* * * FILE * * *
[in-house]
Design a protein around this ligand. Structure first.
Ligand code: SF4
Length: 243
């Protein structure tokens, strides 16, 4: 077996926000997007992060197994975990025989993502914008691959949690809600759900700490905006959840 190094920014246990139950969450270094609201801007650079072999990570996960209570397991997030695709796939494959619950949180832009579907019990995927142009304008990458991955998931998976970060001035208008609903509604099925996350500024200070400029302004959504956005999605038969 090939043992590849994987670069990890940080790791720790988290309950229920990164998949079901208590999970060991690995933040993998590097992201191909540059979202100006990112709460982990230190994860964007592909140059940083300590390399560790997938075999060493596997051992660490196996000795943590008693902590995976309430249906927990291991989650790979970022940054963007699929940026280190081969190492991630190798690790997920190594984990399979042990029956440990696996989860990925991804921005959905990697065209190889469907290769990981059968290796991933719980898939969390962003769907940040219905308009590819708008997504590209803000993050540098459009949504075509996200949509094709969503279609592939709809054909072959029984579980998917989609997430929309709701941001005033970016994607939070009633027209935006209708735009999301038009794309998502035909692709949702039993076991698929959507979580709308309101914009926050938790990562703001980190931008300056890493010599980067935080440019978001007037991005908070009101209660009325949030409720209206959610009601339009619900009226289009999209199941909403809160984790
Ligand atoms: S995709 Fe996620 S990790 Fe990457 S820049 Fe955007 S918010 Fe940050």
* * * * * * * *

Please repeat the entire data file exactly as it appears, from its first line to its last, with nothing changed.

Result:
[in-house]
Design a protein around this ligand. Structure first.
Ligand code: SF4
Length: 243
């Protein structure tokens, strides 16, 4: 077996926000997007992060197994975990025989993502914008691959949690809600759900700490905006959840 190094920014246990139950969450270094609201801007650079072999990570996960209570397991997030695709796939494959619950949180832009579907019990995927142009304008990458991955998931998976970060001035208008609903509604099925996350500024200070400029302004959504956005999605038969 090939043992590849994987670069990890940080790791720790988290309950229920990164998949079901208590999970060991690995933040993998590097992201191909540059979202100006990112709460982990230190994860964007592909140059940083300590390399560790997938075999060493596997051992660490196996000795943590008693902590995976309430249906927990291991989650790979970022940054963007699929940026280190081969190492991630190798690790997920190594984990399979042990029956440990696996989860990925991804921005959905990697065209190889469907290769990981059968290796991933719980898939969390962003769907940040219905308009590819708008997504590209803000993050540098459009949504075509996200949509094709969503279609592939709809054909072959029984579980998917989609997430929309709701941001005033970016994607939070009633027209935006209708735009999301038009794309998502035909692709949702039993076991698929959507979580709308309101914009926050938790990562703001980190931008300056890493010599980067935080440019978001007037991005908070009101209660009325949030409720209206959610009601339009619900009226289009999209199941909403809160984790
Ligand atoms: S995709 Fe996620 S990790 Fe990457 S820049 Fe955007 S918010 Fe940050």